has a complicated relationship with the future. In short, it freaks her out. The songwriter even named her new album The Future’s Void
, a double entendre whose playfulness only seems to emphasize her underlying fear.
Everywhere she looks, EMA sees the specters that modern technology has cast into our lives: soul-sucking computers
, omnipotent video cameras
, all-consuming smartphones
(“Makin’ a living off of takin’ selfies,” she sings with a hint of anxiety).
But she’s not the only one who thinks we’re headed in the wrong direction. Just look at Hollywood, whose filmmakers have produced countless visions of the dystopian future at our doorstep. Just for fun, we’ve found three blockbusters that confirm EMA’s fears and take her terrifying visions to their natural conclusions.
Open the satellites, oh, / Oh, as yes, as the sky does turn to night / And we push our bright / eyes up to the sight / I can see them / Two, three, four, five thousand of them …
You’ve seen this future in: Independence Day
EMA marvels at earth’s satellite network for connecting humanity in ways once deemed impossible. But, as her fearful tone shows, she’s all too aware of how vulnerable this network leaves us to hostile space invaders. Though she foregoes sampling the obvious soundbite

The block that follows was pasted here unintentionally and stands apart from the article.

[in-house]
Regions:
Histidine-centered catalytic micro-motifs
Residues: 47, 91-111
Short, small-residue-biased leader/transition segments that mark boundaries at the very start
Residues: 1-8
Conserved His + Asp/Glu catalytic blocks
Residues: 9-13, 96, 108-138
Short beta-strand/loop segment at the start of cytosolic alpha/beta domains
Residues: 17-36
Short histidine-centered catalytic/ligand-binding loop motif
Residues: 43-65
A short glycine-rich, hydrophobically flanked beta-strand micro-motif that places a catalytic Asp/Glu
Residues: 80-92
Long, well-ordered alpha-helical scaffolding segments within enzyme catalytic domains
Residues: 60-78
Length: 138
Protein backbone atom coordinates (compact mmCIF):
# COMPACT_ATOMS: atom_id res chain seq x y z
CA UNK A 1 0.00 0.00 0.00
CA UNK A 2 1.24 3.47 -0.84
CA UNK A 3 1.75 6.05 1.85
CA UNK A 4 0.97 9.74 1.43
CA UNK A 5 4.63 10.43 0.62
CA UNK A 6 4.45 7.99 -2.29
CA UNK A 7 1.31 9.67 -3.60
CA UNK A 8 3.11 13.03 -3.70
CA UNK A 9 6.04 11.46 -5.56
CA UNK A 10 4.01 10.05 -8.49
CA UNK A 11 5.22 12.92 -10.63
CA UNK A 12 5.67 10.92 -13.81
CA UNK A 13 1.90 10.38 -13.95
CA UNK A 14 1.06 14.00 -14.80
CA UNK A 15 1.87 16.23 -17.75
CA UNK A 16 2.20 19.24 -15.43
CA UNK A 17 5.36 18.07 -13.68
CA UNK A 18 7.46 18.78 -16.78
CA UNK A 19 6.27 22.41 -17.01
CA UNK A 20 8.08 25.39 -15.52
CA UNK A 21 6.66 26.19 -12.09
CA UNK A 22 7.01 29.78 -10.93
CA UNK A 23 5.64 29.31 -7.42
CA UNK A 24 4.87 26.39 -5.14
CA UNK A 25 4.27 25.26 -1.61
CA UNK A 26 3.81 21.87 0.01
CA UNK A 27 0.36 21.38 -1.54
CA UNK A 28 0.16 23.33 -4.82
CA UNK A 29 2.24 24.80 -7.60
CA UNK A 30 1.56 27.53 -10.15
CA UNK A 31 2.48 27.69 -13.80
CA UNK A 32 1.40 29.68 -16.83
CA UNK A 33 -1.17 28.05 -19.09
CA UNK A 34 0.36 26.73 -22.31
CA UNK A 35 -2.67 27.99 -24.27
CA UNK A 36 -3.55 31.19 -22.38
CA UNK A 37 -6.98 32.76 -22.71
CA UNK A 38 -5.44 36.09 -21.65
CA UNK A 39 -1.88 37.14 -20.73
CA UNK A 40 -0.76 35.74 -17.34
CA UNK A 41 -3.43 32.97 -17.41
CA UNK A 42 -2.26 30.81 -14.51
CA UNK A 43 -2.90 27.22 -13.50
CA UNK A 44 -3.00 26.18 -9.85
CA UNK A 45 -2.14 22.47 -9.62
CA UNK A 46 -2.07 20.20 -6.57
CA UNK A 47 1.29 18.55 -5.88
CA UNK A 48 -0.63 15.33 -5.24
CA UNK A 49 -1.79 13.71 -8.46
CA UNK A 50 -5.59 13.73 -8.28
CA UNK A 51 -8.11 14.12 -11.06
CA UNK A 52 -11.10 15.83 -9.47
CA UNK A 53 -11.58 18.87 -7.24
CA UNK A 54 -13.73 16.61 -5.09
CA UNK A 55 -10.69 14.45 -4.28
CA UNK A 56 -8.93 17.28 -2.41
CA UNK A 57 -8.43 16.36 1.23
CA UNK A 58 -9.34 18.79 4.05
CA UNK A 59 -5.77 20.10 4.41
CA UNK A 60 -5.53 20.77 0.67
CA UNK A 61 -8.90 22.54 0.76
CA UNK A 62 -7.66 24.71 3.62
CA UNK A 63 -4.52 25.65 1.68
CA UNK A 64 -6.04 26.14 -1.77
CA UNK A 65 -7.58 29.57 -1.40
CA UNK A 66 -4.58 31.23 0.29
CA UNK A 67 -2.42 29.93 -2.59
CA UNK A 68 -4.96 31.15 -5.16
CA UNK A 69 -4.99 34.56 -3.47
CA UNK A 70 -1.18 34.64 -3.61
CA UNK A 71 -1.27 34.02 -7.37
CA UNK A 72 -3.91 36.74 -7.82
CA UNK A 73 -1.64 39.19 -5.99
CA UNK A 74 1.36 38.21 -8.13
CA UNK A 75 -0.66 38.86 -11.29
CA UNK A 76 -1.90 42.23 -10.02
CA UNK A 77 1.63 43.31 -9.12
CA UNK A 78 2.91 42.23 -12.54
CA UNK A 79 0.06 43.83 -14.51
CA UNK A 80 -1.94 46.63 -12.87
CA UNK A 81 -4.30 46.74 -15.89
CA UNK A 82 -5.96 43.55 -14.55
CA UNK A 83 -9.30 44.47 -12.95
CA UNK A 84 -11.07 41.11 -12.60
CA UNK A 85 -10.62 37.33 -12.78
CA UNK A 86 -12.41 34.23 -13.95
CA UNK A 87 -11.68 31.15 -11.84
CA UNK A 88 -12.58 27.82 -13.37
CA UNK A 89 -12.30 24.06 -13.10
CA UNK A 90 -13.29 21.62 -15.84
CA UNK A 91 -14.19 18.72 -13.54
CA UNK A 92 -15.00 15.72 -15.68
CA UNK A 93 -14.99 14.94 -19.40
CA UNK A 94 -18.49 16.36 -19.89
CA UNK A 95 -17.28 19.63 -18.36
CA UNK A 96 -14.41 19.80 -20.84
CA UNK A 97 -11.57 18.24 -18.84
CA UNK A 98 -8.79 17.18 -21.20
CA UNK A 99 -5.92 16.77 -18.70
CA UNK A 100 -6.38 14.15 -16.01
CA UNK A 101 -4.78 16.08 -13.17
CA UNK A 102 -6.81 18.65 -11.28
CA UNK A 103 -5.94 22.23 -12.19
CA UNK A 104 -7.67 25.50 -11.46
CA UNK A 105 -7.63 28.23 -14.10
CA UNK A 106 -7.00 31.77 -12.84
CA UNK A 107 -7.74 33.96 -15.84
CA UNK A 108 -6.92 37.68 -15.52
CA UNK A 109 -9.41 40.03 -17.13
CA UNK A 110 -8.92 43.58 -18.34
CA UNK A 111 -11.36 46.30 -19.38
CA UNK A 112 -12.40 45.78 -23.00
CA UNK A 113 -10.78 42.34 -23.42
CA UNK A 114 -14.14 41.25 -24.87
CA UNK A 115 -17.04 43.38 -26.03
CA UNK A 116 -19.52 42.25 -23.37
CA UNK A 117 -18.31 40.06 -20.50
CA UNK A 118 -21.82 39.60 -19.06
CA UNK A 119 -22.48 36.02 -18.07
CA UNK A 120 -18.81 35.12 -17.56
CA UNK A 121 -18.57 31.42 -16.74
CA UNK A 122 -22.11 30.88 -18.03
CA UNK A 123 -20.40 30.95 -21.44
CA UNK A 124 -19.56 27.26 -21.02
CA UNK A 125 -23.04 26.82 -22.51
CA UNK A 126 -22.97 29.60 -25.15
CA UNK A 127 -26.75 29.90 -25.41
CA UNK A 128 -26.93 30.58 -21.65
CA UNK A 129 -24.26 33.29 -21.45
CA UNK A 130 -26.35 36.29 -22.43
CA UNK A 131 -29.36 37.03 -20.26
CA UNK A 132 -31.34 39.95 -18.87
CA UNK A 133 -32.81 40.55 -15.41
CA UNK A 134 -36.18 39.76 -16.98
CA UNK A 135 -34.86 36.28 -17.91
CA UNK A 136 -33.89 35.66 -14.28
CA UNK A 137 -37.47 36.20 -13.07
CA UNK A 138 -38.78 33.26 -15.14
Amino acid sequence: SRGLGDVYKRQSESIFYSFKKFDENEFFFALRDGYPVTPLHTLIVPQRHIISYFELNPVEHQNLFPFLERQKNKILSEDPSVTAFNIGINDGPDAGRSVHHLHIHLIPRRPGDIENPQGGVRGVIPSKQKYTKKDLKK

, EMA is clearly trying to tell us she’d feel safer if Bill Pullman were president.
Feel like I blew my soul out / Across the interwebs and streams / It was a million pieces / Of silver and I watched them gleam
You’ve seen this future in: The Matrix
EMA sings of the soul-crushing existential angst that comes from a life lived primarily in the virtual realm. Who knows this pain better than Neo? Each trip into the Matrix transforms him from a human into mere lines of code—albeit lines of code that know kung fu.
So lemme tell you bout this girl I know (she’s so blonde) / Her pills are shakin’ in her bag (she’s so blonde) / Her eyes the storm of all the things that’s cool (she’s so blonde) / Until Calvin gets her restrained
You’ve seen this future in: Attack of the 50 Foot Woman
When it comes to doomed futures, technology isn’t always the culprit. Sometimes it’s the burdens of modern femininity. EMA’s blonde friend might as well be Nancy Archer, the titular character in Attack of the 50 Foot Woman
. Fresh out of her stay at a sanitorium, Nancy encounters an alien in the desert. No one believes her
—especially not her greedy, philandering husband—until she turns into a rampaging giant. Restraints and morphine can’t keep Nancy down, much like EMA’s unnamed blonde.
Scared of what the future might hold? Whatever you do, stay away from these Goods deals for electronics.